Four-year-old Elise showing off her reading progress chart.

The good news is that I finally decided to replace that fear with faith. I decided to trust God with His calling to homeschool and put all my faith in Him to make it work. I realized that my fears were a result of my self-centered desire to do things my way and be successful at everything I do, and feeling ill-equipped to homeschool, I was simply afraid to fail.

During those years of “getting ready” to homeschool, the only thing that actually needed to be prepared was my heart. When we made our first step down the road of traditional schooling, my heart wasn’t yet in the right place. Unfortunately, it took quite a few more years of wrestling with my own will before I finally surrendered it to God.

Once I took that step of faith to homeschool and let God be in the driver’s seat, that fear of failure was replaced with a freedom and peace, knowing that God would finish His work in our family. And I resolved to stop getting in His way.

If only I could have gotten there sooner!

— Renée Gotcher is an entrepreneur, writer, wife & home-educating mother of three daughters: Audrey, Claire and Elise. Renée was homeschooled during her last two years of high school and started homeschooling in 2010. She currently resides in Castle Rock, Colorado.

This post is part of a reader feedback link-up at Simple Homeschool’s “Biggest Homeschooling Mistakes” series. See “Q&A Friday: Your Biggest Homeschooling Mistake” for insight from other homeschooling moms across the country on this topic!

Why We Homeschool: Cristina Eklund

21 Oct

By Cristina Eklund

The reasons my husband and I decided to homeschool our two children are many. However, let me first start out with those things that were not our reasons to homeschool:

  • Because we fear the public education system, though it is clearly failing.
  • Because we think Christian education ensures our children’s future status of becoming Christians and remaining on a straight and narrow path, though it is our prayer.
  • Because we think all Christians should homeschool.
  • Because I love being home with the kids morning, noon and night — on the contrary, I actually love working outside the home, though I have felt called by God in the past two years to stay at home.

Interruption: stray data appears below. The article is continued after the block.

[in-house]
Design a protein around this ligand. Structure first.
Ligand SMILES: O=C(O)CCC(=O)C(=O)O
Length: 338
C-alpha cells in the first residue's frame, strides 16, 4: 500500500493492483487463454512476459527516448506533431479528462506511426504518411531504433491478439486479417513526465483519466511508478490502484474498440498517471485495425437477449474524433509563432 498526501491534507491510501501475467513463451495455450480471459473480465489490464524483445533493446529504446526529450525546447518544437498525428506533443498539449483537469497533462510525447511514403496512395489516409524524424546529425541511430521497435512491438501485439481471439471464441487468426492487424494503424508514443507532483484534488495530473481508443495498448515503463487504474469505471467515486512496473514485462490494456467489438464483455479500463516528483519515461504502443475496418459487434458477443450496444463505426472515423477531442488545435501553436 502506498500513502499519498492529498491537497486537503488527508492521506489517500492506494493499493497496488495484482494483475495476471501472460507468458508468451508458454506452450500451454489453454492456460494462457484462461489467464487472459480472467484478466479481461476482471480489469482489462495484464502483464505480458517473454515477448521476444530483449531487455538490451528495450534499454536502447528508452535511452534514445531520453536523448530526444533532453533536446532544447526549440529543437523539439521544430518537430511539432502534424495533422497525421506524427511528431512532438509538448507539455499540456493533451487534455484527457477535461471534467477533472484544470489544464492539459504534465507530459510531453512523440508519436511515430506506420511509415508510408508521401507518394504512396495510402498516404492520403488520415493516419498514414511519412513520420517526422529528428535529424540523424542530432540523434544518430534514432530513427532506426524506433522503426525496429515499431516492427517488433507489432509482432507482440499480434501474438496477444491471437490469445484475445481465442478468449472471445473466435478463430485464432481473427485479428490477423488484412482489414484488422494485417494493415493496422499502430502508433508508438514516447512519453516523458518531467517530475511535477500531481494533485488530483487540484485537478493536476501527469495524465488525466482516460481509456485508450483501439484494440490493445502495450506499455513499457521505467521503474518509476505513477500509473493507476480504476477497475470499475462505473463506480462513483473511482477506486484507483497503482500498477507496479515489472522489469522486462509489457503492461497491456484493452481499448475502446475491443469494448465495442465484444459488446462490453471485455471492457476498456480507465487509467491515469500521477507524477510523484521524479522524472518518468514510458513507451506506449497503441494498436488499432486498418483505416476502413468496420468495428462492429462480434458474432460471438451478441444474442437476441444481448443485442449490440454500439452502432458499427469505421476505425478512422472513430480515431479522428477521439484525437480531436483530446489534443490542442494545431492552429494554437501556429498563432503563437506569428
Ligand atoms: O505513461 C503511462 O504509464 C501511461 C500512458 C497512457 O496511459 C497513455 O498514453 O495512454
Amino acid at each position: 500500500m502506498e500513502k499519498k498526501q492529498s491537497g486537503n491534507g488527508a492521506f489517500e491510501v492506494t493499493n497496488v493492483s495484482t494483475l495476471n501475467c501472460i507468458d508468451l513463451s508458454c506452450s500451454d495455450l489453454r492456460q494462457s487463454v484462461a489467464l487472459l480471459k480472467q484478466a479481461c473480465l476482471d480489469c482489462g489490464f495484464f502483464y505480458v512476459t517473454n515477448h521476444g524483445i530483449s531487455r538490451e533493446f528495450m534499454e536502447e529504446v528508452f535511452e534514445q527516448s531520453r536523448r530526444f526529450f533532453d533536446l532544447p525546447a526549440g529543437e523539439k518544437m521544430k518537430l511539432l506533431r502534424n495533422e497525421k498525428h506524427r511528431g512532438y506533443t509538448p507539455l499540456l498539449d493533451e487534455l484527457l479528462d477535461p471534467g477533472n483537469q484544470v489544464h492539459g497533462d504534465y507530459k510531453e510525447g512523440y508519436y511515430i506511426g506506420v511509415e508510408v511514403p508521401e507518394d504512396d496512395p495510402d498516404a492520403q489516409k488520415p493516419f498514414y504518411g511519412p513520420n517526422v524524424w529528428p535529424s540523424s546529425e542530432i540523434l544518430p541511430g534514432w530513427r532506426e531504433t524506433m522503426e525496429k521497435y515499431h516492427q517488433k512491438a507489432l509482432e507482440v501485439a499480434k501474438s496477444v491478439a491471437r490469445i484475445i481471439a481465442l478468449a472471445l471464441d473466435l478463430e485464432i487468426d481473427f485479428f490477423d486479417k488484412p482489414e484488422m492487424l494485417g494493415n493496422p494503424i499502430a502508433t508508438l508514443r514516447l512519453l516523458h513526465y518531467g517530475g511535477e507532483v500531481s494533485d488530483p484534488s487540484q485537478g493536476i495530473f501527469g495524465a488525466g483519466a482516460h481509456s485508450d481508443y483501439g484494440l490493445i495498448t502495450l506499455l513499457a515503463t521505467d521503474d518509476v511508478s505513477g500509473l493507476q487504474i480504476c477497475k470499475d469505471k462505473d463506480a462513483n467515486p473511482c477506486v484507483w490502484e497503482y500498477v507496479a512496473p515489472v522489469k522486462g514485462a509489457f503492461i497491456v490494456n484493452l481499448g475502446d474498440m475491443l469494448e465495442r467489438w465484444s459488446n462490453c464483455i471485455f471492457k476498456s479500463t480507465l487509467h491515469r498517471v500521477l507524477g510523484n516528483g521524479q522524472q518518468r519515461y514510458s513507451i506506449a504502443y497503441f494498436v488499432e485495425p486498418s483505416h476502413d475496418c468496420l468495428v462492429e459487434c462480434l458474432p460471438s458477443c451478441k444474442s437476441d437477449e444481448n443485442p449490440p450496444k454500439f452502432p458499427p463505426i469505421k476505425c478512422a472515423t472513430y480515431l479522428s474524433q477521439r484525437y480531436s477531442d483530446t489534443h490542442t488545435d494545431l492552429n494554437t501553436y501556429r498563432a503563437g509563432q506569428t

• Because I think I can do a much better job of educating my kids than a private school.

Now that I got that out of the way, I will share some of the thoughts that did lead to our decision to homeschool. Both my husband and I were homeschooled: My husband until the 3rd grade and myself from 6th grade through high school. We can both look back at our own homeschooled years and in retrospect, examine the pros and cons with sober minds. One thing we can’t shake is that we — and even more, I — know my son and daughter better than anyone else in the world. At this point, I’ve spent the most time with them, and I know what makes them laugh, what makes them cry, and what touches their little hearts. We as parents, more than anyone, want all the most beautiful and blessed things for our children. That means environment, experiences, and memories.

Elijah & Arielle Eklund

As a result, one of the biggest factors that concerned us was the social side of school. Though I can trust another system or adult with educating my kids in the driest sense of the word, I don’t trust where my children will fall in the rankings of cliches and social prejudices among their peers. Yes, one day they will face the ugly reality of peers and peer pressure, but I want to do all I can to prepare them for it and develop their sense of self to stand firm when faced with such challenges. Whether we decide to put them in school in fourth grade or in college, I want the most formative years of their lives to be spent learning who they are in God’s eyes, experiencing the small wonders of life in purity and being able to express themselves freely as they discover it all.

Having said all this, I haven’t mentioned the call in Deuteronomy 6:6-7 that weighs heavy on our hearts daily: “And these words which I command you today shall be in your heart. You shall teach them diligently to your children, and shall talk of them when you sit in your house, when you walk by the way, when you lie down, and when you rise up.”

Ultimately we realize that it is our prayer and living a pure Christan life that will most influence our children toward becoming and walking as believers themselves. But may every moment we are able to share with them – and teach them — provide them with a storehouse of spiritual wealth they will utilize for the rest of their lives.

— Cristina Eklund is wife to Jeremy Eklund (who was also homeschooled) and mother of son Elijah (5) and daughter Arielle (3). She was homeschooled from 6th grade through high school and has been homeschooling her children since 2010. After living in Nicaragua for two years to do missionary work, the Eklunds now reside in Concord, Calif.